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The future of current electric power systems

The future of current electric power systems

“It is safe to say that there is no sector or industry that has not been impacted by the ongoing digital transformation and the innovative technologies” said Ali Al Jassim, CEO, Etihad ESCO in an article of TECHNICAL REVIEW MIDDLE EAST on Monday, 24 September 2018.

Ali Al Jassim is the CEO of Etihad ESCO. (Image source: Etihad)

The future of current electric power systems

The advent of smartphones, social media, intelligent manufacturing and automation are set to transform the future of industries, including electric power systems. The electricity sector is poised to take advantage of the rapid digital transformation, with US$1.3 trillion of value estimated to be captured globally between the year 2016 and 2025.

Be it renewable energy, non-renewable energy or any other source of energy at generation – it doesn’t matter – power system is still going to play a pivotal role in future. Being an integral part in transmission and distribution (T&D) and with continuous growth in energy demand, power system has to be smart and robust to support sustainability.

With the introduction of smart automation, artificial intelligence and continuous monitoring a lot can be achieved. These can help in estimation of future loads, seasonal requirements on grid accordingly generation can be planned using sum of renewables and non-renewables source. Smart power systems can help in minimising T&D losses, also it can help in better maintenance, power quality, sustainability.

The disruptive convergence of digital technology advancements is marked by its customer-centric nature; on-demand, tailored consumption; and a decentralised infrastructure. As the Fourth Industrial Revolution, according to the World Economic Forum, ‘builds on the digital revolution and combines multiple technologies that are leading to unprecedented paradigm shifts in the economy, business, society, and individually,’ we need to ensure that the growth of electric power systems is in the right direction.

As energy efficiency and sustainability continue to be the biggest challenges we face today, the electric power industry is witnessing a period of sustained growth to cater to the rising energy needs. Modernisation initiatives such as the deployment of smart grid solutions will support the continuing growth of the sector’s infrastructure, as new facilities get added to the existing network and incorporated with the installed base. Grid intelligence will aid planners and operators in successfully navigating the increasing complexity of safe and reliable power supply and delivery.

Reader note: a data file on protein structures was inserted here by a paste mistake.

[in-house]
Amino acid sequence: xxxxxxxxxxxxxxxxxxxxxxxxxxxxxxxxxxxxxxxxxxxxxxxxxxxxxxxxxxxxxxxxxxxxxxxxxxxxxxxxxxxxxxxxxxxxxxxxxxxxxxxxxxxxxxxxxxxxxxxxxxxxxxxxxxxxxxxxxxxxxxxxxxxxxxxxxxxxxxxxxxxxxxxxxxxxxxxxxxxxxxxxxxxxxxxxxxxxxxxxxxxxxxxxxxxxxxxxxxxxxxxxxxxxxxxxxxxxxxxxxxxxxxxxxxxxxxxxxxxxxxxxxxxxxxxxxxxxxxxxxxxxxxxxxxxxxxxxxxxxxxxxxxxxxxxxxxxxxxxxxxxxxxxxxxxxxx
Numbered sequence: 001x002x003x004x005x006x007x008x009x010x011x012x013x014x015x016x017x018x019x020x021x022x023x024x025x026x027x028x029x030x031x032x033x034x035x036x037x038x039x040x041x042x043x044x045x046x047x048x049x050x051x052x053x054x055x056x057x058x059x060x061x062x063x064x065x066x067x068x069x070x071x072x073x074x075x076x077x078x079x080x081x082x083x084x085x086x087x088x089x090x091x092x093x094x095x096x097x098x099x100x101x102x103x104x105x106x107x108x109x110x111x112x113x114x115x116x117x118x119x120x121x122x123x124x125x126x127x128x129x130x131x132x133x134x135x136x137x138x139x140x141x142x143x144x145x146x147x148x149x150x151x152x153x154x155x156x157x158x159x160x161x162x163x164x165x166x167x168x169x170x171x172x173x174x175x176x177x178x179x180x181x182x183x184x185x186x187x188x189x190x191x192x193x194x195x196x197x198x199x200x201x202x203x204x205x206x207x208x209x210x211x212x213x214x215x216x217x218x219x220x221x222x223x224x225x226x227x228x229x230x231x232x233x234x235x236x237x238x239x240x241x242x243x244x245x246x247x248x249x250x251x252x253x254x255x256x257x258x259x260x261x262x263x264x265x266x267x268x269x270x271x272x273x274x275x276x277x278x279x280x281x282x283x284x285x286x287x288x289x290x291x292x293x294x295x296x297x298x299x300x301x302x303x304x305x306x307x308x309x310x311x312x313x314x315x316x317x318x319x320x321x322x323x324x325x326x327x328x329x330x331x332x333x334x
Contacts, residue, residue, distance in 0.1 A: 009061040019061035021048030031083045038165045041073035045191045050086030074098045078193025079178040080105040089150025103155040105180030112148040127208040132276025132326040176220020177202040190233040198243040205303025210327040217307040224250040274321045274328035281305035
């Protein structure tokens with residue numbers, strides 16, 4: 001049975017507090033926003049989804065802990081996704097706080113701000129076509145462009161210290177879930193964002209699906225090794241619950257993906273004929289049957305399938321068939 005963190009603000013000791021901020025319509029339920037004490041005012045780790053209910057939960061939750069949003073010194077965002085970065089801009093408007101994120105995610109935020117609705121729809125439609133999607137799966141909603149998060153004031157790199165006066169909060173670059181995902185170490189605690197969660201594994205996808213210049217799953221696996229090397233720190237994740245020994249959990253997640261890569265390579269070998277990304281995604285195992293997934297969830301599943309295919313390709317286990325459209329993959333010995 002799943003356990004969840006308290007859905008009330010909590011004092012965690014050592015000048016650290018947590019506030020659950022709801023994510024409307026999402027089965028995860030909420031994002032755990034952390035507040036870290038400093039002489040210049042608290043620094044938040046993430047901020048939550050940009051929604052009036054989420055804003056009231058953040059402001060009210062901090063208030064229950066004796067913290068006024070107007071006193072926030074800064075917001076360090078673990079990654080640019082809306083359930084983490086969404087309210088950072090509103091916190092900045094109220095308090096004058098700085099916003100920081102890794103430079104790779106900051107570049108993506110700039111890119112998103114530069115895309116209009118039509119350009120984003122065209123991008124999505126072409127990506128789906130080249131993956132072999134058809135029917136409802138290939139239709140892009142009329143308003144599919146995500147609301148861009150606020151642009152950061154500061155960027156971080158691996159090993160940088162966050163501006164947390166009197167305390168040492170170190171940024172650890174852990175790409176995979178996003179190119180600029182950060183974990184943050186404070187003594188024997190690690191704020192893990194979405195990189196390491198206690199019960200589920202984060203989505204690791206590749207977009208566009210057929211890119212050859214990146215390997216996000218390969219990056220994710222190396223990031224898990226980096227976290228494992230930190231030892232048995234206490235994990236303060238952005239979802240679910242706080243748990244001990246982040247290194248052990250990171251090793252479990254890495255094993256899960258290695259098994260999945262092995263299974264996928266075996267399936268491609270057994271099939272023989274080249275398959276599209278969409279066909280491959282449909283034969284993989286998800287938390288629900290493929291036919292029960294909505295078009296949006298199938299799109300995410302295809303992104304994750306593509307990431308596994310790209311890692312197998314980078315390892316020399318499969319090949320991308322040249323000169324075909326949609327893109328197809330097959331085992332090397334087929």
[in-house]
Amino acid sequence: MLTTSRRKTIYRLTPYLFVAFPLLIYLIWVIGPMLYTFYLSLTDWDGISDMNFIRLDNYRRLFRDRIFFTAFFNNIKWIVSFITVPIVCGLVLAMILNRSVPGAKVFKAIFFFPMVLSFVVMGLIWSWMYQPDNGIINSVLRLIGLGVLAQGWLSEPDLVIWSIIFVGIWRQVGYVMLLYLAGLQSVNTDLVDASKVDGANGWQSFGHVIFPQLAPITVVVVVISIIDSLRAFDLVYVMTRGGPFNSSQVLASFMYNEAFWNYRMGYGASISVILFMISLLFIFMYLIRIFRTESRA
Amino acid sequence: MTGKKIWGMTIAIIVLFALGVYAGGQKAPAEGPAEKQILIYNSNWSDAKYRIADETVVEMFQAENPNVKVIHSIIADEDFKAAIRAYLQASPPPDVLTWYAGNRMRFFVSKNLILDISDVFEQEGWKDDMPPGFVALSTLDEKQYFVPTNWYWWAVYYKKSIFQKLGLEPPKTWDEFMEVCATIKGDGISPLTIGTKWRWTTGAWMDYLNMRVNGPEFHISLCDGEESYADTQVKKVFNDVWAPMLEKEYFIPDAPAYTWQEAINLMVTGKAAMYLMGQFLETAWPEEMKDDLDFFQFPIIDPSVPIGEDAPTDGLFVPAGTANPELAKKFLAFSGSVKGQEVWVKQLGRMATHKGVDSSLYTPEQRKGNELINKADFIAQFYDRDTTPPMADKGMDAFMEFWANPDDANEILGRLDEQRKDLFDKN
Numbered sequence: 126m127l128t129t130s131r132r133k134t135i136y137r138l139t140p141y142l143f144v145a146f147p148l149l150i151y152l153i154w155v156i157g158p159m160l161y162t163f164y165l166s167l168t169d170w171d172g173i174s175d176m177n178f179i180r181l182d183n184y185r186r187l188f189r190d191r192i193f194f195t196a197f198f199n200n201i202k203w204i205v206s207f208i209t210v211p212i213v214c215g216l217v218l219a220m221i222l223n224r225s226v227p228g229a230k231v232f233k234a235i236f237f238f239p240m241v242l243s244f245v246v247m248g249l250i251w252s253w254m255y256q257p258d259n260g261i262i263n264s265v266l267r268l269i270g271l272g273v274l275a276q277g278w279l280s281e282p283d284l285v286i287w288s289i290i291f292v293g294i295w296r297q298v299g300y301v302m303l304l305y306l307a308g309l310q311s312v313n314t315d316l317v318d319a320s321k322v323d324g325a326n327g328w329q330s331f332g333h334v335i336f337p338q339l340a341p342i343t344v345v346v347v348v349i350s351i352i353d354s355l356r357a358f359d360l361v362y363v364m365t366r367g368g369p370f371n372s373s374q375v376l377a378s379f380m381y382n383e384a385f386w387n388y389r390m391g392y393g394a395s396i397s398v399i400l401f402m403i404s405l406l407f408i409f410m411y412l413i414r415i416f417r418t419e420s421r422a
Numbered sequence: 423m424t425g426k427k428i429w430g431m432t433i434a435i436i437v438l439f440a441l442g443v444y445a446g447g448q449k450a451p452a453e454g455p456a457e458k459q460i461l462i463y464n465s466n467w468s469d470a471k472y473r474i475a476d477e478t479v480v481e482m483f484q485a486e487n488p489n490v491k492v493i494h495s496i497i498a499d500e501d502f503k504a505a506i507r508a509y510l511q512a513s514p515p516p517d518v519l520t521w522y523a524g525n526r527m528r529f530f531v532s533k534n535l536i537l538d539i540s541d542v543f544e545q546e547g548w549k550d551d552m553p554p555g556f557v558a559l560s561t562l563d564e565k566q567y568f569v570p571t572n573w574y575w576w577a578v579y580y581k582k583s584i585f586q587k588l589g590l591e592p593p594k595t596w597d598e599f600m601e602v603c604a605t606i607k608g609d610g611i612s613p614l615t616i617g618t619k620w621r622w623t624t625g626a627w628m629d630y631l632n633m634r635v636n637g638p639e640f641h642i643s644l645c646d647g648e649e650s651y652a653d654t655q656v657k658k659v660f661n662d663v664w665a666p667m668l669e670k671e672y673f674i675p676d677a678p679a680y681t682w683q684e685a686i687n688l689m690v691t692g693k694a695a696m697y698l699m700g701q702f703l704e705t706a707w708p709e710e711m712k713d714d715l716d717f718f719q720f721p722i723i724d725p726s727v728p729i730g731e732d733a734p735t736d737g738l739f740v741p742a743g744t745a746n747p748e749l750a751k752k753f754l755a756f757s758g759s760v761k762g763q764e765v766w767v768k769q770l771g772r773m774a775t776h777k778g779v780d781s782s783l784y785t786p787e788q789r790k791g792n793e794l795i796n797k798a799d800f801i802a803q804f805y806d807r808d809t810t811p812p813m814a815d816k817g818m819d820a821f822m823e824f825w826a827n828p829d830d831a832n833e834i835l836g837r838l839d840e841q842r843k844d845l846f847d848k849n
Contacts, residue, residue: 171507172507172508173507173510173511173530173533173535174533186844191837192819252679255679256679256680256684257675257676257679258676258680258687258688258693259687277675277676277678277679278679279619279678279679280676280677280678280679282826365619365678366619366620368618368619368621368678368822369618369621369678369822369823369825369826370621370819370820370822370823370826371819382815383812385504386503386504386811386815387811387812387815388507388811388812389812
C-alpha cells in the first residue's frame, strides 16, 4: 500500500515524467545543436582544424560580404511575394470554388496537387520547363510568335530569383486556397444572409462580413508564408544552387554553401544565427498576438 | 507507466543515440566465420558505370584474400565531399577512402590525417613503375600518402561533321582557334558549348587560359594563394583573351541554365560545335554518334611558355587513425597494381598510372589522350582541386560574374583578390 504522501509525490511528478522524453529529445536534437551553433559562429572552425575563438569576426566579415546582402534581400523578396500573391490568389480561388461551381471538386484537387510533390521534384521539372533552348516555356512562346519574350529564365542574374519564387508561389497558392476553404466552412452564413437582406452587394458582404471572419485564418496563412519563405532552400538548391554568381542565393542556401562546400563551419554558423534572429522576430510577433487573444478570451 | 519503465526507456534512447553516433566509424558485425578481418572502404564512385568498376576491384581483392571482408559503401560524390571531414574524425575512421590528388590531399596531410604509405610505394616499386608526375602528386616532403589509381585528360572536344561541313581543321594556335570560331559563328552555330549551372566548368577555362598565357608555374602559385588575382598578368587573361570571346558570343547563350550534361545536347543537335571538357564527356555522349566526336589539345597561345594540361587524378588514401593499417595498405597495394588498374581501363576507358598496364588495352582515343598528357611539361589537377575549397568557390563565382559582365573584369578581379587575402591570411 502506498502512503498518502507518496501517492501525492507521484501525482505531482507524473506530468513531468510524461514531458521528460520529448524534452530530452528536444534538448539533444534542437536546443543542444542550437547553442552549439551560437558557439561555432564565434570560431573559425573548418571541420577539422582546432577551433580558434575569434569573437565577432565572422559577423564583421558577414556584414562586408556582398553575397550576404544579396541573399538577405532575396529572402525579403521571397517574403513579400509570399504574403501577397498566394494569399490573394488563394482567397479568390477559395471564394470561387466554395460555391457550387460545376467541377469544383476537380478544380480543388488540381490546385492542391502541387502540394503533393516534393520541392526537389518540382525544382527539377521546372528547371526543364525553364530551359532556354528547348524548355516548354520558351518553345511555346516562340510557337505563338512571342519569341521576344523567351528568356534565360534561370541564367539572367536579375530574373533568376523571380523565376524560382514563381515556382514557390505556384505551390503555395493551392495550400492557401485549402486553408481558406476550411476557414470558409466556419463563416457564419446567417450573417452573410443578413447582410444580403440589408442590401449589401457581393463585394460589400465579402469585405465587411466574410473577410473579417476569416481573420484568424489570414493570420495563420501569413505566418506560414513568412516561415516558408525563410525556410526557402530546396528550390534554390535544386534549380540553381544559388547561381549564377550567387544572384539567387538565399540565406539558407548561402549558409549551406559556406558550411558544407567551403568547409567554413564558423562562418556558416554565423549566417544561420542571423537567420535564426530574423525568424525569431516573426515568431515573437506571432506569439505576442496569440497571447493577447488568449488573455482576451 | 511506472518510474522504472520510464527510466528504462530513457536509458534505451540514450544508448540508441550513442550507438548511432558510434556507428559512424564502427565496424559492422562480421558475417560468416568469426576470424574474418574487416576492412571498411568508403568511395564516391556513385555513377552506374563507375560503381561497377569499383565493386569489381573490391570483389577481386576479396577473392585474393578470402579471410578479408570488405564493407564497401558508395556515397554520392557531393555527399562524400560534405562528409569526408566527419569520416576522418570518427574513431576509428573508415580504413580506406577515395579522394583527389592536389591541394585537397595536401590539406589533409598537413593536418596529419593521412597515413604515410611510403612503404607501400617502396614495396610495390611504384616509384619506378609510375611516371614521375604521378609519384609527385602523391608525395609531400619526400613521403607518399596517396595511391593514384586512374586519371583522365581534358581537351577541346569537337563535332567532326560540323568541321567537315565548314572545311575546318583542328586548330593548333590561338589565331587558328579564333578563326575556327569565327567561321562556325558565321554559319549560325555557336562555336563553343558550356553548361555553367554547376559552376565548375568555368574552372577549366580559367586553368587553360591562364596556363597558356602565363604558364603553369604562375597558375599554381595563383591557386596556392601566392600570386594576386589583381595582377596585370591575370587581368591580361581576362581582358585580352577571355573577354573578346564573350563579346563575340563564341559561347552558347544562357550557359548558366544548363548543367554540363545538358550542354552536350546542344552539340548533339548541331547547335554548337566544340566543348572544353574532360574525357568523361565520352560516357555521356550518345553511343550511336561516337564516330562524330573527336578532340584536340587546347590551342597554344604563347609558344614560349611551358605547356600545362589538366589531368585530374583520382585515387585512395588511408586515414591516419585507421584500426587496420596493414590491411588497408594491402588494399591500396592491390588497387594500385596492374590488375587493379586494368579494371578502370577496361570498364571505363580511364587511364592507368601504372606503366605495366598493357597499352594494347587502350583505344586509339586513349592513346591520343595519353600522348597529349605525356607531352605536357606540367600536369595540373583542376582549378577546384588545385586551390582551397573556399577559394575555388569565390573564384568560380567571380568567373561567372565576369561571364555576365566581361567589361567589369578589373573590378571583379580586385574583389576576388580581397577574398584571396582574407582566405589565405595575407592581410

Even as renewable power generation technologies expand to contribute to reducing the total amount of energy consumed, yet they cannot completely displace the necessity for new baseload generation. Fossil generation sources that provide cleaner and lower emissions will continue to be the mainstay of power generation additions. As the industry envisions its future, nuclear power is expected to grow in significance, but this will also give rise to challenges for industrialised countries.

Demand reduction and the need for new generation additions can be attained through conservation and efficiency improvements to an extent. For the installation of new substations in thickly populated urban areas with intense load densities, compact designs with reduced footprints will be imperative.

An ideal mix of power generation resources will encompass central station power, supported by renewable energy sources including wind and solar technologies, and eco-friendly distributed generation complemented by consumer demand side response programs. The right mix of these resources will lead to the creation of an efficient and feasible energy market with balance. A central and distributed generation capability will also reduce greenhouse gas (GHG) emissions, since renewable energy can be effectively used to serve load based on resource availability, in response to consumer demand.

The problems plaguing the current electric power system include aging infrastructure, unreliability, weather-related outages and security concerns. Energy loss during transmission, another major drawback of the existing power system, happens during the transmission of energy from large power plants to the consumers through extensive networks over long distances. Electricity transmission and distribution losses average about five per cent of the electricity being transmitted and distributed annually in the United States, according to the US Energy Information Administration (EIA).

Despite the current challenges faced by the electric power industry, the opportunities for improvement are numerous. If integrated under appropriate interconnection standards, in microgrids, or in automated distribution systems, distributed resources can help improve grid reliability and resilience for customers who seek uninterrupted service.